The DMA has called on the Information Commissioner’s Office to be more consistent in its investigations if it wants to get the industry on its side to ensure meaningful change following the regulator’s decision to drop a probe into the programmatic advertising industry.
The trade body has become the first to speak out following the move, revealed by Decision Marketing last week, which has sparked the threat of legal action from two of original complainants, the Open Rights Group and University College London, which first lodged their concerns about realtime bidding back in September 2018.
The ICO has told the organisations that it had concluded its investigation into their complaint, although it insists it will be pursuing its own independent probe into how all companies collect people’s data to serve them ads.
The regulator’s letter stated that the possible data protection issues around the sector were systemic, and that it was not appropriate to single out specific companies. The ICO said: “Taking action against a small number of actors within a large and complex industry would not necessarily achieve the desired outcome of influencing change across the sector.”
However, the DMA claims this decision by the ICO has much wider implications, because other key areas of the data and marketing industry have been aggressively pursued by the ICO in recent weeks.
In October, the ICO ordered Experian to make fundamental changes to how it handles people’s personal data within its direct marketing services by issuing an enforcement notice. This followed a two-year investigation into how credit rating agencies processed and shared data within their data broking businesses for direct marketing purposes.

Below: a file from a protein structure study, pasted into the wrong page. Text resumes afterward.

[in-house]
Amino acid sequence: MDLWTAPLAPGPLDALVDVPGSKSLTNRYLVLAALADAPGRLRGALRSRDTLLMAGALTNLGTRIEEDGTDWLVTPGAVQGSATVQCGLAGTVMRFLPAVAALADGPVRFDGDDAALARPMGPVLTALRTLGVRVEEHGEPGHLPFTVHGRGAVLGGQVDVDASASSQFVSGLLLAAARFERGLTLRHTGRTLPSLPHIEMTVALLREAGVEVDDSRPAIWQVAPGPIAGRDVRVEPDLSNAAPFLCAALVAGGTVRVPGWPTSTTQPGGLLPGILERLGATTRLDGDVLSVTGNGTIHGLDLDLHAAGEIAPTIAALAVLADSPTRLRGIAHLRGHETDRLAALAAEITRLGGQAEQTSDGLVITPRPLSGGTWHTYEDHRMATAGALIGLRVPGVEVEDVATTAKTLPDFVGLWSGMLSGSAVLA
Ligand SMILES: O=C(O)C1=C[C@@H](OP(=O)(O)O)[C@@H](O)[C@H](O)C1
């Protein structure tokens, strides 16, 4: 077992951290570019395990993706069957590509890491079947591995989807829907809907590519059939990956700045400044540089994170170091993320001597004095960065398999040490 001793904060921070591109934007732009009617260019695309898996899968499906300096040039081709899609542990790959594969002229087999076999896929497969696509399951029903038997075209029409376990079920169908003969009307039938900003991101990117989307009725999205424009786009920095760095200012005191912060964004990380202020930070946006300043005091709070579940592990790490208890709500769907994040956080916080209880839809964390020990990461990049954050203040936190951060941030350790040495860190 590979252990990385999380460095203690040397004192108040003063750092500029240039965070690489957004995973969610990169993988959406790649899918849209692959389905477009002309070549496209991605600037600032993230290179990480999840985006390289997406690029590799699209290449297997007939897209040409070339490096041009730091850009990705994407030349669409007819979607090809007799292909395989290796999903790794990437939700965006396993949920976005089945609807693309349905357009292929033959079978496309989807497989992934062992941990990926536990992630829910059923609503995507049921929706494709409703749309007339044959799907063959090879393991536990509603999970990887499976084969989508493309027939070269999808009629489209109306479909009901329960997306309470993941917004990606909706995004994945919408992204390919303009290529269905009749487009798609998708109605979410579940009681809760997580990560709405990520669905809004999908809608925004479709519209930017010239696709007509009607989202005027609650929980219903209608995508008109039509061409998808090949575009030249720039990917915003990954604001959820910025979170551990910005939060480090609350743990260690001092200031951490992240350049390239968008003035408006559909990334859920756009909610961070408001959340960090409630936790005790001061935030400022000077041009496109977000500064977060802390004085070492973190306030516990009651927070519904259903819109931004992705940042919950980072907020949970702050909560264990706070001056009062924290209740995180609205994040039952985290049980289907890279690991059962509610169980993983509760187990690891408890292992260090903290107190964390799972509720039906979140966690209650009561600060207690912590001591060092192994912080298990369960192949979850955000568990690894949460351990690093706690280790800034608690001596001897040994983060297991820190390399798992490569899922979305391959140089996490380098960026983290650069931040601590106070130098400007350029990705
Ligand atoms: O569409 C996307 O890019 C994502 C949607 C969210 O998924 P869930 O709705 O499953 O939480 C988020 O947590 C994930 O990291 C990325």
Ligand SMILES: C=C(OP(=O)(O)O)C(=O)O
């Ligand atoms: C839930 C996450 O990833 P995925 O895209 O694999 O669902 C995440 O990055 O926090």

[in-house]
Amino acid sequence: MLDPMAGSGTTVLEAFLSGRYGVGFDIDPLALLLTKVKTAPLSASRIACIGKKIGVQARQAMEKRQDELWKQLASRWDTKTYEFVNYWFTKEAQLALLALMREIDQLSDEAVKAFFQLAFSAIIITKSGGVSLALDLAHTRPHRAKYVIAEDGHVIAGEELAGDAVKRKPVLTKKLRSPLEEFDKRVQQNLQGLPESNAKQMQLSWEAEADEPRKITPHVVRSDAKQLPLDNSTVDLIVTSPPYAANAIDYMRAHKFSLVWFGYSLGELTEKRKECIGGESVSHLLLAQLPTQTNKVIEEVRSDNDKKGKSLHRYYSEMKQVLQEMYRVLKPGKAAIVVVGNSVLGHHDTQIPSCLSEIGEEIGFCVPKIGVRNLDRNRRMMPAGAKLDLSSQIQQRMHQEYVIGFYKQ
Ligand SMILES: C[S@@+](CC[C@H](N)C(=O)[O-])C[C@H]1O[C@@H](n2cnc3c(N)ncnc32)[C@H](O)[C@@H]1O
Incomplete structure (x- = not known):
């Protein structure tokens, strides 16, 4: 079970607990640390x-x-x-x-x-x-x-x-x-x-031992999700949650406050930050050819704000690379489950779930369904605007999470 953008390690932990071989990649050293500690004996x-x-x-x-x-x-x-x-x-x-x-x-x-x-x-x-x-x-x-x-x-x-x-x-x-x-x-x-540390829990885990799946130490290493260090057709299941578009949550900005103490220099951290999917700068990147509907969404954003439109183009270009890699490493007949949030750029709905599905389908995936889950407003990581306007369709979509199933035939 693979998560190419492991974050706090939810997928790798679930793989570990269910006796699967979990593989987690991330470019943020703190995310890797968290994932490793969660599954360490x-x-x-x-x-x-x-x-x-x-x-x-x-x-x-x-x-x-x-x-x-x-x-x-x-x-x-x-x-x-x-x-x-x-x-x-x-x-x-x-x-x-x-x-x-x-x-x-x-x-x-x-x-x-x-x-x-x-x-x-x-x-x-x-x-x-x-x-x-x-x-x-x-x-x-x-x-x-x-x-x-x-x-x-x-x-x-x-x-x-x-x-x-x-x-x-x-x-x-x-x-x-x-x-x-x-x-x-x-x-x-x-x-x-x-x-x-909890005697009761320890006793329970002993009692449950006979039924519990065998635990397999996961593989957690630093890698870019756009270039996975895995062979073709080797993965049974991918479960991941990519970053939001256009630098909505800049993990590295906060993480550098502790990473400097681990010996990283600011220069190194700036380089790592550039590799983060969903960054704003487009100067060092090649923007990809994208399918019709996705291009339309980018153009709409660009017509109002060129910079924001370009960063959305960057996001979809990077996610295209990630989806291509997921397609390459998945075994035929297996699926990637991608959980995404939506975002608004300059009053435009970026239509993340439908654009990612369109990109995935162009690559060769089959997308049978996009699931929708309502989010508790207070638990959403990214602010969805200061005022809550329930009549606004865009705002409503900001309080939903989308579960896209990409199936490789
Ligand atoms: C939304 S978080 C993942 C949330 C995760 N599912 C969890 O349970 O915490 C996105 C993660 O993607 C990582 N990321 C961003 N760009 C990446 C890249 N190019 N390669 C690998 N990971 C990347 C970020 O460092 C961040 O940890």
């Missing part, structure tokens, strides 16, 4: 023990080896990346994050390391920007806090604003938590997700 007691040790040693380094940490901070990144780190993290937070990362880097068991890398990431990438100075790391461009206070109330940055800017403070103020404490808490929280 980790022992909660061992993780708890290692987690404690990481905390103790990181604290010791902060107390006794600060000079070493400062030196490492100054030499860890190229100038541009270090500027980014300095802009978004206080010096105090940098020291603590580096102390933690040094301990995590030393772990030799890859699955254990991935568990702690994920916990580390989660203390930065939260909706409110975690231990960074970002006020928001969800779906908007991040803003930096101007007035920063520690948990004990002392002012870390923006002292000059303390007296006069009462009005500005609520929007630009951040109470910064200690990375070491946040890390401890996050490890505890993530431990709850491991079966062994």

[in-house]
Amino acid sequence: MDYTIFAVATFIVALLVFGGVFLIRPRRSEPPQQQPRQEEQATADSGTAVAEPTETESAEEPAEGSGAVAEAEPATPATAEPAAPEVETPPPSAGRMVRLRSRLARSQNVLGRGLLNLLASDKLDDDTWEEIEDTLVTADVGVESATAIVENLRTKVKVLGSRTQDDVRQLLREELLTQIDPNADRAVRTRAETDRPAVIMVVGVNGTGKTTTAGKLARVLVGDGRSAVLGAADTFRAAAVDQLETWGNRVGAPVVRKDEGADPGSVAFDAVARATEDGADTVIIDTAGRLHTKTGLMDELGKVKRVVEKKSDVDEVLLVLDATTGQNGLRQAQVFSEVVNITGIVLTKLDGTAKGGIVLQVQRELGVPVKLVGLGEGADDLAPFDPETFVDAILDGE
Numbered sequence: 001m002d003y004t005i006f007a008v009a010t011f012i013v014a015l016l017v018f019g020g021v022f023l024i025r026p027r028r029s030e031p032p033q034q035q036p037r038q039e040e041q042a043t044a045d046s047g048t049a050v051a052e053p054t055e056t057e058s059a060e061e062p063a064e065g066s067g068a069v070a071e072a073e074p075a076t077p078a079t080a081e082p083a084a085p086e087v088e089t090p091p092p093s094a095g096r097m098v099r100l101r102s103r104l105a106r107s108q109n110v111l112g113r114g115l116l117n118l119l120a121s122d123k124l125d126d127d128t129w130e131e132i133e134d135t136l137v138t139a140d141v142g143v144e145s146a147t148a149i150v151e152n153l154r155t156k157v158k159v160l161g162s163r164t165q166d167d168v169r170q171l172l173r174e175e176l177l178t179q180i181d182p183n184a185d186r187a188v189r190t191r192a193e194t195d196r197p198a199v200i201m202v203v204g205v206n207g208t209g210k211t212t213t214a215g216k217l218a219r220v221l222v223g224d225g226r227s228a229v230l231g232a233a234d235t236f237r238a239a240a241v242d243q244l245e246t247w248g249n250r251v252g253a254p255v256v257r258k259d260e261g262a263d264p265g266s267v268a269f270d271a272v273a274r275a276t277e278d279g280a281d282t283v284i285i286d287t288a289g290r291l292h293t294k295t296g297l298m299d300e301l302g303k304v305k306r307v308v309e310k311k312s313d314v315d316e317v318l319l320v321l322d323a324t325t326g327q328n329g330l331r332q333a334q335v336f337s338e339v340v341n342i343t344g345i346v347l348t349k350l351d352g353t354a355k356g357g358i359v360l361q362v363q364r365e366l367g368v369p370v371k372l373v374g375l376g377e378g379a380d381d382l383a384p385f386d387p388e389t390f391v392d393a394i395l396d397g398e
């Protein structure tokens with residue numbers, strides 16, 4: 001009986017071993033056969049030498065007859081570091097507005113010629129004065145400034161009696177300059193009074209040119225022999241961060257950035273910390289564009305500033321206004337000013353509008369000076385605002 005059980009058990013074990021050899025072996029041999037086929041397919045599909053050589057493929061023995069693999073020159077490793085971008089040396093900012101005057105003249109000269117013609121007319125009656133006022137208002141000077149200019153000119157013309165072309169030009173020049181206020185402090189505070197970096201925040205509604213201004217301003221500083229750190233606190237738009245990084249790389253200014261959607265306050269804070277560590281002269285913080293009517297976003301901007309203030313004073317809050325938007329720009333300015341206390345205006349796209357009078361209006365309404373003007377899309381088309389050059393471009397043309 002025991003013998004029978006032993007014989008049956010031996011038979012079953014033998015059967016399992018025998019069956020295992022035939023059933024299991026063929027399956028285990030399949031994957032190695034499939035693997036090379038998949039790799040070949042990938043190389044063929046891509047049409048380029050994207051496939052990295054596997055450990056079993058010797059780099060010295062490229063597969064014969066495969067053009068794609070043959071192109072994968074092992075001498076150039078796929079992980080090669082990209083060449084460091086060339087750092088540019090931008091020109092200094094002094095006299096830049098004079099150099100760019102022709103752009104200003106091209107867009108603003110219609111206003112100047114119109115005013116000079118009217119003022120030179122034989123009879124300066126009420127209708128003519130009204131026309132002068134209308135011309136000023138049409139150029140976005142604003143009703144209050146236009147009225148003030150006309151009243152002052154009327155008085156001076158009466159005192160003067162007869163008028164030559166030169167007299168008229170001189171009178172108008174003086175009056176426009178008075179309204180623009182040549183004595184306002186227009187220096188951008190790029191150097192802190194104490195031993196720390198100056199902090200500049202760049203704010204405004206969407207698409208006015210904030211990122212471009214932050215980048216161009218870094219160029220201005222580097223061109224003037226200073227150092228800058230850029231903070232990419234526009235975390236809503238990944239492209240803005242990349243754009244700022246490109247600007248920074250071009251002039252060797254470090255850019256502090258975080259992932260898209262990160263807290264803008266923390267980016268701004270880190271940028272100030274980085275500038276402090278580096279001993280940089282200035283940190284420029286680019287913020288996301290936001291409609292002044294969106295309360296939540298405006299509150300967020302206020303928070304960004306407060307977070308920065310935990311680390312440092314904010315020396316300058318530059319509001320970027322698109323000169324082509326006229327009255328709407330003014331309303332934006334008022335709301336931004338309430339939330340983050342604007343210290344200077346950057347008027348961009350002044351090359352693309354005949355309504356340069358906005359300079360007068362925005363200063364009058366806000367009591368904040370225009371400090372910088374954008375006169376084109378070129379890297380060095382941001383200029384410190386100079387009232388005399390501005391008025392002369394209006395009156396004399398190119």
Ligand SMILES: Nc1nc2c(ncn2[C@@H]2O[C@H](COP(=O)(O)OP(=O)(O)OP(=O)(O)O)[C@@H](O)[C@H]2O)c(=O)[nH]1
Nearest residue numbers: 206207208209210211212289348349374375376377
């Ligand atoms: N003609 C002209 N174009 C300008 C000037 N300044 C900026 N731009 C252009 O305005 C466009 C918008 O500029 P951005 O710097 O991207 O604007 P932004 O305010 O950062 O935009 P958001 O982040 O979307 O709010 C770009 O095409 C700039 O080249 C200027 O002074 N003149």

The DMA is now calling on the ICO to be more consistent with its enforcement policies and public announcements, as clearly two very different approaches have been implemented.
DMA director of policy and compliance John Mitchison said: “The ICO has closed one of the most publicised complaints against the programmatic advertising industry since the GDPR came into force. It has done so with seemingly no outcomes or even a public statement. This just weeks after making very public announcements about their enforcement notice to Experian, as well as issuing record-breaking fines for British Airways and Marriott International for data protection violations.
“There are clear discrepancies between how the ICO investigates and administers enforcement to different parts of the data and marketing sector. Their recent actions against a handful of credit rating agencies contradicts their statement that it would be ineffective to act against a small number of companies when it is an industry-wide issue.
“If the ICO would like to work with industry sectors to make meaningful change, as opposed to taking disciplinary action, then it must be more consistent with its policies and how investigation outcomes are communicated to the general public.”
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